You see, the Government have missed one of the most important lessons in communication. “Keep it simple.” At theological seminary I was taught that the evidence of good learning and a mastery of complex subjects was not the ability to make things sound complicated and confusing but to be ble to communicate clearly and simply so that all could understand.
Part of the problem I suspect is that we are led by committee, rarely a good thing. So SAGE meets and we don’t know whether there is uniform agreement or a diverse range of views because we get minutes that use typical consensus committee conclusions. How many times has the government been lambasted for not following the expert advice only for us to check back on what SAGE actually said only to discover that they talk about ranges and packages of possible options?
At the same time, the media report that sources within SAGE, some of the experts are saying this or that. The target audience for these briefings is not in fact you and me, the readers and listeners. No, the aim is to build up a media narrative in order to strengthen your hand when negotiating the way forward in the committee. These are usually off the record briefings and so we are left clueless as to whether the person making the observations actually has expertise in a particular subject area. It is one thing for the behavioral scientist to say “we think we need to keep social distancing a bit longer.” It is quite another for the virologist to say “hmm -we think you will still need NPIs.” The former leads to questions about approach and communications, the latter would lead to panic concerning the vaccines.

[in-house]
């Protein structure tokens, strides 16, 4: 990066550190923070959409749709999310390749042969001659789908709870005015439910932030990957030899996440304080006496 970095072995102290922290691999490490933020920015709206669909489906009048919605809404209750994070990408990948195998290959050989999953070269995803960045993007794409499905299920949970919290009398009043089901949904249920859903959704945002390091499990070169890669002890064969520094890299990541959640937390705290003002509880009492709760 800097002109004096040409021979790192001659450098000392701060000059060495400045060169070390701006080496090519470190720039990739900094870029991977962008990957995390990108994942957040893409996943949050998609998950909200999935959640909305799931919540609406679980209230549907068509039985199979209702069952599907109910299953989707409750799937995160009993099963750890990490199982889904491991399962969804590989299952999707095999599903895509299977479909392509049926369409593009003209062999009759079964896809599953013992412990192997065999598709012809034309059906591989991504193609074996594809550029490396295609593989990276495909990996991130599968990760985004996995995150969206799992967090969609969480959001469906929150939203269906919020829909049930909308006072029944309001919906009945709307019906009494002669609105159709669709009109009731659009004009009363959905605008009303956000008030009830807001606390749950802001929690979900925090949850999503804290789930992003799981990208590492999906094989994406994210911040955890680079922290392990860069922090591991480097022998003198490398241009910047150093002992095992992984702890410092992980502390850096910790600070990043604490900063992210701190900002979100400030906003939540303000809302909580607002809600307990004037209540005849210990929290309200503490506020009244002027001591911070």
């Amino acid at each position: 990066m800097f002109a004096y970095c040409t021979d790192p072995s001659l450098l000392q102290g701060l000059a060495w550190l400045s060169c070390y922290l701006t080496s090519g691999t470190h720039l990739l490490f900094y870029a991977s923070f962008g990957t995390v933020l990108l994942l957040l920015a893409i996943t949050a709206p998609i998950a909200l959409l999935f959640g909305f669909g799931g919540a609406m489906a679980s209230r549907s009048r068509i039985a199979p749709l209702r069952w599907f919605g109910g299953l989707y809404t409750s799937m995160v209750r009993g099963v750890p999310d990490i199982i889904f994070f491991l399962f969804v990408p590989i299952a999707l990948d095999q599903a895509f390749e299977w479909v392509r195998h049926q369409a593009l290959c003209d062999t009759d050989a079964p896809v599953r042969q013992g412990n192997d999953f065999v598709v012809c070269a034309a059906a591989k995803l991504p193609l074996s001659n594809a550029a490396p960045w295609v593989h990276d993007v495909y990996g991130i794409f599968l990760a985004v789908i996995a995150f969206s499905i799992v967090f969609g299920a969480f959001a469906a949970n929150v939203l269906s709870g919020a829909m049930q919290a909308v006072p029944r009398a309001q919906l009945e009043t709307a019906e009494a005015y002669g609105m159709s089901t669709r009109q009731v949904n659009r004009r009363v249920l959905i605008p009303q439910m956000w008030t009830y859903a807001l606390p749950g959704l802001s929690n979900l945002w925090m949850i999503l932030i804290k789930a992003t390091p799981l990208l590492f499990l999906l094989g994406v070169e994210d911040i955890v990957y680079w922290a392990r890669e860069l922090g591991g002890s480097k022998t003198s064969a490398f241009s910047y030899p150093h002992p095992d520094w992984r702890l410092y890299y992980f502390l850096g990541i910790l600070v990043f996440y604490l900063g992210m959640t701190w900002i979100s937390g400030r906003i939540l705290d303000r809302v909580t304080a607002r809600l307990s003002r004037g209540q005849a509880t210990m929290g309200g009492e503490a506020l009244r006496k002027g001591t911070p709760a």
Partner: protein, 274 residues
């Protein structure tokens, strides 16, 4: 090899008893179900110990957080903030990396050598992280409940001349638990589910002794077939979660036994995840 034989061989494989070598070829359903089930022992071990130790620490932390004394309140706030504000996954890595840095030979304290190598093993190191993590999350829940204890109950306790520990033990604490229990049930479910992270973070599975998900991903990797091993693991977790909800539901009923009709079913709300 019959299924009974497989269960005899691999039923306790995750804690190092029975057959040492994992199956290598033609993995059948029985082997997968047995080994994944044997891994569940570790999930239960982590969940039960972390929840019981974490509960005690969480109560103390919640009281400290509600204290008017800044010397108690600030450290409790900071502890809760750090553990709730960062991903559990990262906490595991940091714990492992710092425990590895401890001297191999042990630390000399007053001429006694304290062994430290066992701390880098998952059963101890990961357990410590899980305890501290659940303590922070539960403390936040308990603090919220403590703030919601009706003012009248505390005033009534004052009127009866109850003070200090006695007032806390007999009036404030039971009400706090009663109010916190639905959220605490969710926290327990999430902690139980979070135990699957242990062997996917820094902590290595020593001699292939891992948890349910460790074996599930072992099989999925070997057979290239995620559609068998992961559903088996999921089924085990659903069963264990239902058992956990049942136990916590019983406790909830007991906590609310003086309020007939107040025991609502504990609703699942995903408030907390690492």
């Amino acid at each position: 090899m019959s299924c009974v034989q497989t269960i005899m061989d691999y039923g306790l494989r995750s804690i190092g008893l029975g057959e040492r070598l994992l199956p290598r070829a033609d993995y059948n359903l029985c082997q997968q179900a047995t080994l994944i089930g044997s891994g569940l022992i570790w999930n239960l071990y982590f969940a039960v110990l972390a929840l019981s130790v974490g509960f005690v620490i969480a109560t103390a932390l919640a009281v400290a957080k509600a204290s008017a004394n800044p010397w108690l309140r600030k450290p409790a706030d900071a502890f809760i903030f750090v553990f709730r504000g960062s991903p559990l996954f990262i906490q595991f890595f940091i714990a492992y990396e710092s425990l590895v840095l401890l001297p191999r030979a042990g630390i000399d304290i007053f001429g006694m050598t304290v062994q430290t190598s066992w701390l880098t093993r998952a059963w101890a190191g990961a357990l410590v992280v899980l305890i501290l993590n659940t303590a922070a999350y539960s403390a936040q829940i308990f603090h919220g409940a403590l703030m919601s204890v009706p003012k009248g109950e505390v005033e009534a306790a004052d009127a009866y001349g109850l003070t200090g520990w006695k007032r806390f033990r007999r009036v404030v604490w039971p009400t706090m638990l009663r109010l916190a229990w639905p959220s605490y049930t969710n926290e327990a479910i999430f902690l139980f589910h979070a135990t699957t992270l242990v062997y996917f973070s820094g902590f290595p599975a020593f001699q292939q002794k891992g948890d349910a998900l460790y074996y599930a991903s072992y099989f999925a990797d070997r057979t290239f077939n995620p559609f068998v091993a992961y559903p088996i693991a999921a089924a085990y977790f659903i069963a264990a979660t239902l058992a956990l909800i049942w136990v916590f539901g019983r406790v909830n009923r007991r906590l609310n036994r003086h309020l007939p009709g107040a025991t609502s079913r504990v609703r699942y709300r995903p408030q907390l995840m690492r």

What we need is clear and simple communication. Simple does not have to be simplistic (another mistake made). Rather, we should be told openly
- This is the plan
- This is the reasoning behind our plan
- These are the potential complications and risks to the plan
- These are the steps that we are taking to alleviate the risks
So, for example in this case, the comms might go along these lines
- We aim to start a phased ending of restrictions beginning with schools returning in March. Other lockdown measures will be removed by May and then we’ll phase out social distancing towards November.
- The reasoning for this is that we want to get schools opened first and we want to make sure that the vaccine is having its desired effect. It will be harder to switch back to measures if there is a return of the virus
- The risks we have to consider is that whilst the vaccine is being rolled out, the virus is still mutating and it will take time to know what variants are in place and the efficacy of vaccines against them. For these reasons it seems sensible to remain cautious in our approach.
You see, it is possible to communicate a plan and reasoning covering complex scenarios In just three bullet points. Now, we can apply this to church life too. Life is complex and messy and we face all sorts of challenging decisions. However the best thing to do is to be upfront with a congregation about decisions. They can cope with changing circumstances leading to different outcomes providing you level with them from the start.